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I'm scared

I drove forty minutes to pick up my greek great aunt for pizza. I wasn't feeling up to it, but I had already rescheduled once. I used all of my energy for work hold in my depression until I get home. It's hard to have much more energy after letting it out of the closet.

I stared off into the fields, let my thoughts wander and the breeze hit my face. Each minute drifted away I wished I had it back again for myself.

I pulled into the driveway to see my Thea standing in the doorway with the biggest smile. All my worries washed away.

"Are you hungry," she asked.

"Of course," I said as I hugged her.

"Good. Let's get pizza."

My Thea is 86 years old and she's shorter than my five feet. She lives among cornfields in the country of Indiana. She's never had a driver's license and my great uncle passed away over two years ago. It's never stopped her from living. Her love and joy is unforgettable.

"Can we check on my friend, Bobby, on our way?" she asked. "She didn't answer my call today and I'm worried about her."

Bobby is a 95 year old Polish woman who also doesn't have a driver's license. My Thea calls her every day to make sure she's okay. We drove towards town and stop by Bobby's house. We see her in the door frame and she brushes us away.

"Why didn't you answer my call," Thea says sternly.

"Why didn't you answer my call," Bobby replies.

"I was outside."

"I was outside, too."

They brushed each other off. I laughed. I assumed this was a common occurrence since neither of them use a cell phone. We told Bobby we were getting pizza. She handed me an envelope to take to the post office and told us to bring the pizza over to eat with her. I've never met this woman until now.

We drove another 10 minutes to the gas station, and walked up to the counter.

"I'd like extra sausage and hand-tossed," Thea said.

"And pepperoni? You normally get pepperoni," the attendant said.

"Yes, I'd like pepperoni and to have it cut..."

"In squares." she finished.

"You know me so well," she laughed with her Greek accent and handed her a twenty. She hugged my side and said "I have three dollars if you want some candy while we're here." I laughed and my heart ached because I haven't had a grandparent in twelve years.

We brought the pizza back to Bobby's and sat around the kitchen table. Thea put water in the kettle for tea as we started eating. The biggest topic of discussion was their friend, Bob. He was selling his house and needed an affordable place to retire. Thea was trying to find an apartment for him to rent nearby them. She asked Bobby if any of her neighbors were renting. Bobby said he could live with her but he'd only get one room with her stuff in it and she wouldn't clean or cook for him.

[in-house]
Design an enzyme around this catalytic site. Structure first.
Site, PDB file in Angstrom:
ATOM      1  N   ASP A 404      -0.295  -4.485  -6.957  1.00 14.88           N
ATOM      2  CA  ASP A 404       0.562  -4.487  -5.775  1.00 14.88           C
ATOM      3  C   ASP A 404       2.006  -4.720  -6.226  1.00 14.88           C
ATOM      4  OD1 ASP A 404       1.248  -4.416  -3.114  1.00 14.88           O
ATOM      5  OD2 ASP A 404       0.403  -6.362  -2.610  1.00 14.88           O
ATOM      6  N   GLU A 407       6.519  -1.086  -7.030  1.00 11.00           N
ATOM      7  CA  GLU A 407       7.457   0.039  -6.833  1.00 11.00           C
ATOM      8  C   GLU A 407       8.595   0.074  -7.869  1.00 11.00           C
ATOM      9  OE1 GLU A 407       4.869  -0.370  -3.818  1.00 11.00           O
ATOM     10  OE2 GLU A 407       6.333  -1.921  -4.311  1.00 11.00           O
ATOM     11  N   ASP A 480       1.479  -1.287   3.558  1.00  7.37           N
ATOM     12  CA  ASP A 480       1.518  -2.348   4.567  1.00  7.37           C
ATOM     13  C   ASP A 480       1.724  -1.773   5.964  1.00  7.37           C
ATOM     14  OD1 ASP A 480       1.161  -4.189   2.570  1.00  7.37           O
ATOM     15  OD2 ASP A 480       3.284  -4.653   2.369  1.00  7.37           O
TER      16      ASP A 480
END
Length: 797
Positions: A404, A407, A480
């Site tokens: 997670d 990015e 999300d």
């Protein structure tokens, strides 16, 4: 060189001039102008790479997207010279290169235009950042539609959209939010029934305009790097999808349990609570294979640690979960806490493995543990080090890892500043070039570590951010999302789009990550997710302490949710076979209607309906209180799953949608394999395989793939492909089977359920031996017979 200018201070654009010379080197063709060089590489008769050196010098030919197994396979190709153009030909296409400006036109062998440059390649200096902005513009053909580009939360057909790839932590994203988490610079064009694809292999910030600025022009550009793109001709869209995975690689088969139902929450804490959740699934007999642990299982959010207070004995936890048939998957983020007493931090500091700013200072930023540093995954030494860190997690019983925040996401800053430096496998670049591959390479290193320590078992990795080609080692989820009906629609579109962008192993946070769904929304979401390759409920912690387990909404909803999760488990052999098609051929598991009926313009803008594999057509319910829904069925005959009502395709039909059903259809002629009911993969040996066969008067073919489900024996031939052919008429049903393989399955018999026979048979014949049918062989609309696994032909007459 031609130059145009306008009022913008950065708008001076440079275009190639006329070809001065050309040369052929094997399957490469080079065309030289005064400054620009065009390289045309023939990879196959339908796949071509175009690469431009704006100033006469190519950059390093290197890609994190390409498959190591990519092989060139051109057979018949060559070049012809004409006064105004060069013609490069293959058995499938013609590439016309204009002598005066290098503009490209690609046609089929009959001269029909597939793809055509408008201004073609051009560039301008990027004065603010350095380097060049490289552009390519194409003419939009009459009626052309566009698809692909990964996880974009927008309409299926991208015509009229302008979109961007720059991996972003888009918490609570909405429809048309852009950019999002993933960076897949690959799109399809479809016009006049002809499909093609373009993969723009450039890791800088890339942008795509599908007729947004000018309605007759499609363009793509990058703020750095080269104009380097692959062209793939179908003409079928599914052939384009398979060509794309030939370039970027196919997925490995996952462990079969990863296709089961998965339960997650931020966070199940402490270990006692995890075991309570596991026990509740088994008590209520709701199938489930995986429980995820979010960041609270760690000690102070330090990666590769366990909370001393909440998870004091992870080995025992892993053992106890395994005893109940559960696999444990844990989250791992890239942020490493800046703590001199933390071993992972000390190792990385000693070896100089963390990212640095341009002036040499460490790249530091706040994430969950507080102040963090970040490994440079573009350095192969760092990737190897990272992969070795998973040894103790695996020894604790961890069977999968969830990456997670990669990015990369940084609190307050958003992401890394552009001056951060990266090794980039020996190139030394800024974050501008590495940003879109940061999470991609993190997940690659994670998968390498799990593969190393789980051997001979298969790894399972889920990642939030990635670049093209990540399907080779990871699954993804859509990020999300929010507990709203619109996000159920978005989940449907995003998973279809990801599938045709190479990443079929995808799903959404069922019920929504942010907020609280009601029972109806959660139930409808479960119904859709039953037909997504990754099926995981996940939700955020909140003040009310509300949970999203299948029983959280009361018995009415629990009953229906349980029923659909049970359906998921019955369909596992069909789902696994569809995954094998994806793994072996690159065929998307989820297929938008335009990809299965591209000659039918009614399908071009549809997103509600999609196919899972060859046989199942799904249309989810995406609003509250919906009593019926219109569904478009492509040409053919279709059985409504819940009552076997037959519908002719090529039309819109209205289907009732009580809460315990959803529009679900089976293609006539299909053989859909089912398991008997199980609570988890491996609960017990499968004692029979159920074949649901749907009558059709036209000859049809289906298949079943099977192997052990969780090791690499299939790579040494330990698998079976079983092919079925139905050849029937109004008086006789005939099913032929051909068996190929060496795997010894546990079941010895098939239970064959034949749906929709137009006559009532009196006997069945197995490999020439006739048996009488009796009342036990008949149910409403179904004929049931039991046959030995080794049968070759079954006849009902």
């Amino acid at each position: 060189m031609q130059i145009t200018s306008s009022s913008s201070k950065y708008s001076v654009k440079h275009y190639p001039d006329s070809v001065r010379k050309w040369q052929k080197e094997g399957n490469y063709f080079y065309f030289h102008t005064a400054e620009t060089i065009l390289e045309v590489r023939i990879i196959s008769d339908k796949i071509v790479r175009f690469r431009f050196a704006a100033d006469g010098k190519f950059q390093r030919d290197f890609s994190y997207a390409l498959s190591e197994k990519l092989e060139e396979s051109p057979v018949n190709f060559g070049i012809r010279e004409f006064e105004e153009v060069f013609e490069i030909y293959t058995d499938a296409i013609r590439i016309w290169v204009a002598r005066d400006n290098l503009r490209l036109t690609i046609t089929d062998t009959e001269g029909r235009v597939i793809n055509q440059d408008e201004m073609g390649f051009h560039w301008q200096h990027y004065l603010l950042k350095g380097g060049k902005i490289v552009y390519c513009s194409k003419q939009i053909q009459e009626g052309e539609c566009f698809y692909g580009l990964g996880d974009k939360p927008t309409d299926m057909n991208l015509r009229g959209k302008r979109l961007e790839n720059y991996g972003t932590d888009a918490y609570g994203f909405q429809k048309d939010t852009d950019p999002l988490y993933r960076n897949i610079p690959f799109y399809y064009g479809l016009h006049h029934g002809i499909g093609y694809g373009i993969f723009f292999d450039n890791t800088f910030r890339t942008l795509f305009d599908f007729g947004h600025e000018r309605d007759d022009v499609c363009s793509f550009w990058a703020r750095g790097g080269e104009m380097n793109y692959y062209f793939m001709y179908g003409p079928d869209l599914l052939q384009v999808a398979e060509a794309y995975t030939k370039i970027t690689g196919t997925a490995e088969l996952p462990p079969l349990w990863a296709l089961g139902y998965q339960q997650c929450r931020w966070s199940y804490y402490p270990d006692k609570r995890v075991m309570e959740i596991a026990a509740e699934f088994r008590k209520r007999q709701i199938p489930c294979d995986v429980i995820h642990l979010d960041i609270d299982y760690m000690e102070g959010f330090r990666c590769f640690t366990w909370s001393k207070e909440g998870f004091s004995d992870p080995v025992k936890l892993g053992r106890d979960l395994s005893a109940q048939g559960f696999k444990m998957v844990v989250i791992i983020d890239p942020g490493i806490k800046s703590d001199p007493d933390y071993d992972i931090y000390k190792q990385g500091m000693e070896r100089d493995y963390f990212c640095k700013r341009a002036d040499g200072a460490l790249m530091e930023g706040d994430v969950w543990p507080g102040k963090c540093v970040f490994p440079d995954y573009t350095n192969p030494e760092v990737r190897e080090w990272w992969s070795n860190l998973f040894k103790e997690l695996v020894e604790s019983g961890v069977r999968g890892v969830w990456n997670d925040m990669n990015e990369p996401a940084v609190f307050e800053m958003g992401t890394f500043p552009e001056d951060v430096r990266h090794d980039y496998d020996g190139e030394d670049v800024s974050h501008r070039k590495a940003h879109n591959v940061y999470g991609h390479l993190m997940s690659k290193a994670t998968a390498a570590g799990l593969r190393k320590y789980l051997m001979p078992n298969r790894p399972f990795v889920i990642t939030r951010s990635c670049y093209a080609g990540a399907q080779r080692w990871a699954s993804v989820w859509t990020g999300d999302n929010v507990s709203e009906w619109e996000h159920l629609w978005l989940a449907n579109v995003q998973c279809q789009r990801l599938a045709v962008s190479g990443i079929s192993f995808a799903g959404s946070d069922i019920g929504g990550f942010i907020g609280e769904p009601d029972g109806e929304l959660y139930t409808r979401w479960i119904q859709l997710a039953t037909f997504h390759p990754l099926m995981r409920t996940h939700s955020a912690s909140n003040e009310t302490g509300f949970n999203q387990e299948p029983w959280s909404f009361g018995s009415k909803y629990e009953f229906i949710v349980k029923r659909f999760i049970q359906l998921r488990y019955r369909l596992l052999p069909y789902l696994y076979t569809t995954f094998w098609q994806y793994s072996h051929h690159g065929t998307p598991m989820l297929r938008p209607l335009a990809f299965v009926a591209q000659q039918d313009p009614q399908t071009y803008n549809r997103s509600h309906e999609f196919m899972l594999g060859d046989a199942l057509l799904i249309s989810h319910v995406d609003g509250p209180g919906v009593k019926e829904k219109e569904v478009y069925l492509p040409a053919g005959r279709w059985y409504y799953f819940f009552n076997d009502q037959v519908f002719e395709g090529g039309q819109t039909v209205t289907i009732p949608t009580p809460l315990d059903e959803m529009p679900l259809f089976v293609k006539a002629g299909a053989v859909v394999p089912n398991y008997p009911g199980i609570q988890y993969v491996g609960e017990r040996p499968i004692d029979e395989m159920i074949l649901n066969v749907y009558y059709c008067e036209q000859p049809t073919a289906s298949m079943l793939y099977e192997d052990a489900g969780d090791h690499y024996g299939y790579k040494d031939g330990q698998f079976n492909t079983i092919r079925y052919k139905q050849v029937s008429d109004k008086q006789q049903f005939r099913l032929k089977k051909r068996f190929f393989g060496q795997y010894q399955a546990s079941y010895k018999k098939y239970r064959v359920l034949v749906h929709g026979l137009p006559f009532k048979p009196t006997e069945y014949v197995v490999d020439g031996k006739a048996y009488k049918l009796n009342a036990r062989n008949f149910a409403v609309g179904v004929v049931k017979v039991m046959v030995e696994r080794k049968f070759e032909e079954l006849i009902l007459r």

We sipped tea, laughed, and ate pizza. My Thea kept insisting that Bobby eat a slice.

"It's something special. Just one slice," The stubborn Greek woman would say. "Just a little."

"I don't like eating meat," she'd argue back. "I feel like I'm eating a corpse." Thea would scoff at her and take another slice.

We talked about the war in Ukraine and my time living in the Baltics.

"It's much better than here, isn't it? People aren't obsessed with money. They actually enjoy life." I laughed. My Thea rolled her eyes.

After the second rant about Putin and religion leaking into politics too much, my Thea insisted that we leave so she can show me her garden. We put our dishes in the sink and walked outside.

Bobby looked at my new car sitting in her driveway and goes, "You owe it to yourself to live." We hugged and said goodbye.

My Thea's garden was more like a farm. She doesn't even like to cook. I asked her why she has five rows of green beans. "So people come to visit and pick them," she answered.

We sat at the table for hours talking after. I told her I couldn't have too much ice cream because it was late. She gave me three scoops of neapolitan with jam, chocolate syrup and graham crackers.

"Would you like something to drink," she asked. "I'll give you the good stuff." It turns out the good stuff is lemonade crystal light mixed in a water bottle.

We talked about how much I missed my dad. She seemed to miss him even more. They talked several times a week on the phone. He'd go visit her and check-in. She could tell when he was drinking. I finally felt like someone understood.

"Tell me about your friend. Why aren't you together anymore?" She asked. I poured out my heart about what happened over the last few weeks and where I am now.

"Do you miss him?"

"Yes," I replied.

"Then you should pack your bags and go," she said. "You need choose what makes you happy. Not me. Not your family. Is Johnny going to take care of you when you're sick? No. Is Tommy? He has his on life. Your mom? She has her husband. You need to choose your own life now."

I started to cry. "I'm scared of dying, Thea. And I'm scared of living."

"You can't spend the rest of your life scared."

It was 8pm and she picked up the phone to call her friend. She lets it ring once and then hangs up. It's their way of knowing that she's okay. She does this every night.

"Hallie, you have to build your own family. Sometimes I think friends are even more family than family is."

We lost track of time and I didn't leave until after 10pm.

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